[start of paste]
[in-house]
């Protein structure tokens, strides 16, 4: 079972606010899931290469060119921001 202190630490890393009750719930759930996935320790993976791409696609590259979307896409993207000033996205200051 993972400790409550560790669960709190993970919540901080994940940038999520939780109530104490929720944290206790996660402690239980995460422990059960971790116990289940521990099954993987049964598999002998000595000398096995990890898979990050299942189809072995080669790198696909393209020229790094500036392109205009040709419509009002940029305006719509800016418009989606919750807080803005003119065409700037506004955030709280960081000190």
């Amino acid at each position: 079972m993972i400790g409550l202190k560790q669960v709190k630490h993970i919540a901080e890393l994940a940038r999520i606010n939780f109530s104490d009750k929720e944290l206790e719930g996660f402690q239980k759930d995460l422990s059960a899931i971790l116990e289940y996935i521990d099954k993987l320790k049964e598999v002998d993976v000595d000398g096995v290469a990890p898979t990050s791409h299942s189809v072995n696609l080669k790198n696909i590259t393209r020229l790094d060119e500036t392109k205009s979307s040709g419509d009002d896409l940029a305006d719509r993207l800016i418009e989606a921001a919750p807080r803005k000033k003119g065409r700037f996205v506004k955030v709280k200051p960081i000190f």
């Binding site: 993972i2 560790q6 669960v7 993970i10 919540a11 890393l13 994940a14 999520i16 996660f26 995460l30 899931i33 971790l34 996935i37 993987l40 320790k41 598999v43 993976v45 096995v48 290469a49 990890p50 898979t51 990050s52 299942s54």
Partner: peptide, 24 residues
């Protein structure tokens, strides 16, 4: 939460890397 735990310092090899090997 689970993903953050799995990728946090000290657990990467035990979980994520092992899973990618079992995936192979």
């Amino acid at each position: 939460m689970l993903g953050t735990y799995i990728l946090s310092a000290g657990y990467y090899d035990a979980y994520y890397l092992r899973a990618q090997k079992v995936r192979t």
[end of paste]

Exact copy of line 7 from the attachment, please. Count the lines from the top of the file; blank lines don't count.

């Amino acid at each position: 939460m689970l993903g953050t735990y799995i990728l946090s310092a000290g657990y990467y090899d035990a979980y994520y890397l092992r899973a990618q090997k079992v995936r192979t």